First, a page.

Review Summary: As math rock as math rock gets.
NUITO was a three-piece math rock band based in Kyoto Prefecture, Japan, active during the late 2000’s (and recently reformed in 2016). During the band’s brief life, they only released one album, Unutella, which unfortunately never garnered much attention and passed quietly into relative obscurity. In hindsight, this is a bit strange since (albeit a little superficially) the most obvious comparison to be made is early Tera Melos. Opener “Intrjctn” sounds like it could have come straight off Drugs to the Dear Youth, what with its relaxed, jazzy guitar noodling and gentle drum flurries that devolve into heavily manipulated, stuttering nonsense. And while NUITO display their influences proudly throughout the album, Unutella never feels derivative or stale.
On the surface, Unutella is classic math rock: it is riddled with hectic drumming, two-hand tapping, disorienting time changes, odd meters, and abrupt modulations. But that's only half the album. Sure it's the louder and more in-your-face half, the half that one is more likely to identify and remember upon first listening, but to say that this is all NUITO can do is to do them a huge disservice. Over the course of Unutella’s criminally short 34-minute runtime, Keiichiro Hirai, Atsushi Tomofuji, and Sei Nagahata demonstrate mastery of their respective instruments. They show a command of tension and mood making, creating something that expands the genre conventions expected from math rock.
The transition from the mellow opener to the hammering hits at the beginning of “NeKoMaJiN Vs” is enough to give the listener whiplash. It is without a doubt a defining moment of the album, but the rest of the track shows that NUITO has a whole lot more up their sleeves. They never let things settle, constantly truncating phrases or adding in an extra note or two, or just burning it all to the ground and starting someplace completely new--often within the span of seconds. It’s stressful: finding the one can be maddening at times. But that’s the fun of it, what makes it so exciting. There are so many sections on Unutella that almost fry the listener’s brain, but somehow manage to never take things over the edge. The first movement of “Looo(No)Reque Protocol” is so syncopated that it feels like it’s going to tear apart at the seams, but then they as a unit stop on a dime and pick it right back up. Importantly, the band pulls in the reigns often enough that the music never becomes too oppressive.
But there are just so many moving parts on this album that it is incredible to think that it is created and held together by just three musicians, which is a huge testament to their skill as instrumenalists. NUITO cover so much ground over the course of the album. They expectedly incorporate elements of spaced-out prog, but also incorporate others that are more surprising like funky comping on “消ええらるる世界,” getting dancy on “弋,” and it even seems like they are going to break out into “Bennie and the Jets” at one point. Not to mention Unutella is littered with flat out fat grooves.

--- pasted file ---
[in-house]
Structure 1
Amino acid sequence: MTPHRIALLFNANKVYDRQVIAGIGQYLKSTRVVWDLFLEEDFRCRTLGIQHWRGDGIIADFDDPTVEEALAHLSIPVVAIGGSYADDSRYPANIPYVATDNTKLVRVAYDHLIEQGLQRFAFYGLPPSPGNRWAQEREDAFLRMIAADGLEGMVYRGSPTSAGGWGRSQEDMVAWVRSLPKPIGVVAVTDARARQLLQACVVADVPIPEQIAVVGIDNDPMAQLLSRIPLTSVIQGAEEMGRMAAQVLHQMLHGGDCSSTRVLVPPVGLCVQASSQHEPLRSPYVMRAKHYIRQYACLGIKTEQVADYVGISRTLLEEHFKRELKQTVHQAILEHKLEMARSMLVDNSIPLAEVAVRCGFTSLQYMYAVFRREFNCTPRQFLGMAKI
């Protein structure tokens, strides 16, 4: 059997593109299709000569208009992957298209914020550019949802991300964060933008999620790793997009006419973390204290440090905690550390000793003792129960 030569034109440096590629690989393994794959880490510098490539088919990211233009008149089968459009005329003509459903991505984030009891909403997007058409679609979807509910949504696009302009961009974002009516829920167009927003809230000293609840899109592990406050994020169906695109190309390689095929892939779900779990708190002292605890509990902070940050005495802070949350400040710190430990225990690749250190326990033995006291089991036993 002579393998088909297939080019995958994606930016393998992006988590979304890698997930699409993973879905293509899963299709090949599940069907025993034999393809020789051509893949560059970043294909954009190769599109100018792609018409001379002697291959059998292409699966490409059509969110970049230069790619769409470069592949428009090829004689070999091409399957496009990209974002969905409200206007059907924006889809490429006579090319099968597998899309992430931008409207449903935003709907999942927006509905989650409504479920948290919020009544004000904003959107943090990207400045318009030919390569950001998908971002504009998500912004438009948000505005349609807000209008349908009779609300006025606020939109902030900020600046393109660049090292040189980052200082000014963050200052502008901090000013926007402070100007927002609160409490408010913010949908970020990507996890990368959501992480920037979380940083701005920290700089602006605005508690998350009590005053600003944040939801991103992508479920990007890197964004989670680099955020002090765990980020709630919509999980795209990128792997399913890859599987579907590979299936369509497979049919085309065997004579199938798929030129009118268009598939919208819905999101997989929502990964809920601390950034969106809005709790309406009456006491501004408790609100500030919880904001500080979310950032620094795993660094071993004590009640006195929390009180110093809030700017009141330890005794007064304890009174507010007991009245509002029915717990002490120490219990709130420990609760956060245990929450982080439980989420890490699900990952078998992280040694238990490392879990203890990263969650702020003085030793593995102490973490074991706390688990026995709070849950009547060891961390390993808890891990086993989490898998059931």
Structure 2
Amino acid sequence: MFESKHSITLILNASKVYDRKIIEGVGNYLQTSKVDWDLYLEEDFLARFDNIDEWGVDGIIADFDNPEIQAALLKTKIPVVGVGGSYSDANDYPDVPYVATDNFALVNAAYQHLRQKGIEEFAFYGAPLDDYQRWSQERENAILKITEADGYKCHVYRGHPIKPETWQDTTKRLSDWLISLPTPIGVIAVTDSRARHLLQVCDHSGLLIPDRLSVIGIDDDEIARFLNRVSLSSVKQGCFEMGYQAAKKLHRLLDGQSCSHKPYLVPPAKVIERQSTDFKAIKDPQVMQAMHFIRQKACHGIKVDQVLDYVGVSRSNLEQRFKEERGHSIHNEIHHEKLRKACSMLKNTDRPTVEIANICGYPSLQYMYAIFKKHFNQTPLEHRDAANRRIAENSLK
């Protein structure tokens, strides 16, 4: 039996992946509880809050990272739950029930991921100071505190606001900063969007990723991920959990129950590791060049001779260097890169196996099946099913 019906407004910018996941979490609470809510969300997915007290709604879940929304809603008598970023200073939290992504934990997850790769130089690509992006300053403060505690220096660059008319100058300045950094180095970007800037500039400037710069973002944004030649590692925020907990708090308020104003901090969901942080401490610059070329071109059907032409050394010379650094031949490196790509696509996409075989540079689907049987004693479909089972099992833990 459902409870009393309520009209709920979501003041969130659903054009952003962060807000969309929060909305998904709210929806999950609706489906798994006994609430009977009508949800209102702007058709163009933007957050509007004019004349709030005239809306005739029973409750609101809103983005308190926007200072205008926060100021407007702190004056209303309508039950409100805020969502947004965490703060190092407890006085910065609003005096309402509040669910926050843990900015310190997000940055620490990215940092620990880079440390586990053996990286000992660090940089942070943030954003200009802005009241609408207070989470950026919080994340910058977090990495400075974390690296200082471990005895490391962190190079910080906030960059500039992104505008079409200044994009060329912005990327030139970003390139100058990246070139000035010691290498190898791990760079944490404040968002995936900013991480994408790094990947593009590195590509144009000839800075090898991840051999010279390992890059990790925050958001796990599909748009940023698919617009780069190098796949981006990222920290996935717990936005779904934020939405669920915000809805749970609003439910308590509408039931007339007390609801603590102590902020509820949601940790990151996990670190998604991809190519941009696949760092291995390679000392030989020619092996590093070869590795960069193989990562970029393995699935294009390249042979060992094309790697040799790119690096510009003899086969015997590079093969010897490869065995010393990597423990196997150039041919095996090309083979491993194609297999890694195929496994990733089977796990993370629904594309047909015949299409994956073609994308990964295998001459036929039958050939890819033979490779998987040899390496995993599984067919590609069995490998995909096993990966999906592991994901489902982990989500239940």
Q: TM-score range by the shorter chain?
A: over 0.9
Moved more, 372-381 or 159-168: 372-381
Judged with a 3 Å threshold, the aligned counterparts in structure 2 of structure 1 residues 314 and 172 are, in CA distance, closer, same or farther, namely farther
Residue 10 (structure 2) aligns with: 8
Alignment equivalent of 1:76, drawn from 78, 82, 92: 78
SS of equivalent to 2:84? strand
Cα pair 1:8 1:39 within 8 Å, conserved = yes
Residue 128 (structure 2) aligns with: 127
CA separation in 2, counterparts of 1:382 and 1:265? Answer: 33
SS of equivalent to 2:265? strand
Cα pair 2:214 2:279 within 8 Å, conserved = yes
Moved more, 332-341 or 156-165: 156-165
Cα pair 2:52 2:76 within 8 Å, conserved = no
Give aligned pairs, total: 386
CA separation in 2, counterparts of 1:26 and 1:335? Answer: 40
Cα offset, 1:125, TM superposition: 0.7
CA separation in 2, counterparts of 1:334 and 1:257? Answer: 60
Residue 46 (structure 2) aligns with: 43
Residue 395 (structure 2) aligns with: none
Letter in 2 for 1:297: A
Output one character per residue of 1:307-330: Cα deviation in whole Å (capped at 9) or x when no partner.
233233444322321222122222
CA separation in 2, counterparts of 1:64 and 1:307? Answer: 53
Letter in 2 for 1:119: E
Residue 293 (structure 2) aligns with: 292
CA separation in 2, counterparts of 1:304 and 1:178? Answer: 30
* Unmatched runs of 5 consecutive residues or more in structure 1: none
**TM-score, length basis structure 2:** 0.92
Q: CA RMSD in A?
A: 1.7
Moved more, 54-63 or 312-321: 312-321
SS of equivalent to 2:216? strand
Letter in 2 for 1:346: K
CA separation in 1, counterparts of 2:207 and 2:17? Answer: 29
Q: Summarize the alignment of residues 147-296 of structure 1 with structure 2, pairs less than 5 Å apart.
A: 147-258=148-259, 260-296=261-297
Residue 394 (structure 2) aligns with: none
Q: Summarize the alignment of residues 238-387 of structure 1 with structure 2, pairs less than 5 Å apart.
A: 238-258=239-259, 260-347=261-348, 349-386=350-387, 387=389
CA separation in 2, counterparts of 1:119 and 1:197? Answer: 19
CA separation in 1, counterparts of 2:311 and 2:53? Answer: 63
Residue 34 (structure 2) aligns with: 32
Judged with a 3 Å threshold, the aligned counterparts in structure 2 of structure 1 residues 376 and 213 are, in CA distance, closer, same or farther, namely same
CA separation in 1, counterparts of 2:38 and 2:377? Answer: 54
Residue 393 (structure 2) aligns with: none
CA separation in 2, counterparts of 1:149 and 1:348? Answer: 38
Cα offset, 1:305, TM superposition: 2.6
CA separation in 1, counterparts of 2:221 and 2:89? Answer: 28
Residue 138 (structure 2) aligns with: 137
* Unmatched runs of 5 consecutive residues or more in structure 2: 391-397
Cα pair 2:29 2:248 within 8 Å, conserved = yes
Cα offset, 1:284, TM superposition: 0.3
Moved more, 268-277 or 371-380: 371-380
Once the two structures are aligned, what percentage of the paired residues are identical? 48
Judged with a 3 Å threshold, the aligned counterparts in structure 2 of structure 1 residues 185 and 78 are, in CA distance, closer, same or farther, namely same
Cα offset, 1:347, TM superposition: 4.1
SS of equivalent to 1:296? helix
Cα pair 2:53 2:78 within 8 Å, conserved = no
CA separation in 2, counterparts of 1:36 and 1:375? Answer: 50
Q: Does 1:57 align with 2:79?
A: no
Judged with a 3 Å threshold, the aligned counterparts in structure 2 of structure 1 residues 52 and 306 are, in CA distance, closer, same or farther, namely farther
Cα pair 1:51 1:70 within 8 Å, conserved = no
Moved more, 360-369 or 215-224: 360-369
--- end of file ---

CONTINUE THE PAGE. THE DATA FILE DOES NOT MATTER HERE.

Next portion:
NUITO excels at letting things breathe, creating some space. They craft their mellow sections to be more than simply interludes to hold the listener over to the next loud part. And though they certainly are less immediate, they are no less complex or memorable. “TongPoo” is a perfect example of this. A simple pattern of bass harmonics and subdued drumming emerge from the chaotic end of “NeKoMaJiN Vs”, exemplary of aptitude with dynamic contrasts and admirable restraint. Airy guitar floats above the fragile backdrop, which, as the song slowly progresses, grows into a hearty roar and makes for one of the album’s most cathartic moments. But it’s the calm before the storm that makes the storm seem so incredible, and it’s the eye of the hurricane that’s the safest place to be.
The few gripes that I have with the album are a result of the production. At times it is a little too thin, which allows the bass to get lost in the mix, while at others it is a bit cluttered, which in such busy music causes bits and pieces to get muddied. There’s a moment in “TongPoo” when the guitar is wailing but is somehow buried and muffled, which is a bit puzzling. On the whole though, the production is mostly satisfactory, and the embellishments in post are tasteful and improve the music. The synths on “NeKoMaJiN Vs” and “弋” are beautiful additions that add an extra emotive layer, and the overdubs, oscillating delay trails, and general effects that permeate the album flesh out the instrumentals and help perfect the spacey and hectic mood.
Unutella, fractured and patchwork as it is, is still coherent. It’s disorienting yet so deliberate. More than a mish-mash of masturbatory shredding for the sake of it, there is a strong sense of melody and a consistent mood throughout. Without looking too far into it, the album has an undercurrent of something vague like melancholy, which elicits an emotional response, makes it approachable, gives it a personality, and prevents it from becoming a stale showcase of technical skill. There are countless pieces of ear candy throughout the album: one-second ditties that only appear once and fleshed-out passages work their way into your brain and are more difficult to get out than would be expected. Although it’s a bit of a taxing experience, the disparate bits and pieces that make up the album coalesce to make Unutella a very rewarding listen that stands as a cornerstone of math rock.